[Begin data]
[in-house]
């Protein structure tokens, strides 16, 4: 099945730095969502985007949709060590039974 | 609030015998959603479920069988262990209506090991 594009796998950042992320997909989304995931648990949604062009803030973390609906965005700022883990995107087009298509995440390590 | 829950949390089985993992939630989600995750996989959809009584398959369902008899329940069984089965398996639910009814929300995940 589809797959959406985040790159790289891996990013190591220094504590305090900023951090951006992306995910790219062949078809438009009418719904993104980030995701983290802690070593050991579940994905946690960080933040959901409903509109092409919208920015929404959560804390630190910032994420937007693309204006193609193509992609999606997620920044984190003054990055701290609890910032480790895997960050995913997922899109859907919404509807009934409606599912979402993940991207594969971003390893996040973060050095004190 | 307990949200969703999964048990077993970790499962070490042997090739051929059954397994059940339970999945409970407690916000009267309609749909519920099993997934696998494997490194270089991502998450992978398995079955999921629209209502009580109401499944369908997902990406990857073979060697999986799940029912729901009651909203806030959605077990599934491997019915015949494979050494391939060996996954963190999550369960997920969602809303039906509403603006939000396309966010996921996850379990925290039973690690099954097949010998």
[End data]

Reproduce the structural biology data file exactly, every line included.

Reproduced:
[in-house]
């Protein structure tokens, strides 16, 4: 099945730095969502985007949709060590039974 | 609030015998959603479920069988262990209506090991 594009796998950042992320997909989304995931648990949604062009803030973390609906965005700022883990995107087009298509995440390590 | 829950949390089985993992939630989600995750996989959809009584398959369902008899329940069984089965398996639910009814929300995940 589809797959959406985040790159790289891996990013190591220094504590305090900023951090951006992306995910790219062949078809438009009418719904993104980030995701983290802690070593050991579940994905946690960080933040959901409903509109092409919208920015929404959560804390630190910032994420937007693309204006193609193509992609999606997620920044984190003054990055701290609890910032480790895997960050995913997922899109859907919404509807009934409606599912979402993940991207594969971003390893996040973060050095004190 | 307990949200969703999964048990077993970790499962070490042997090739051929059954397994059940339970999945409970407690916000009267309609749909519920099993997934696998494997490194270089991502998450992978398995079955999921629209209502009580109401499944369908997902990406990857073979060697999986799940029912729901009651909203806030959605077990599934491997019915015949494979050494391939060996996954963190999550369960997920969602809303039906509403603006939000396309966010996921996850379990925290039973690690099954097949010998």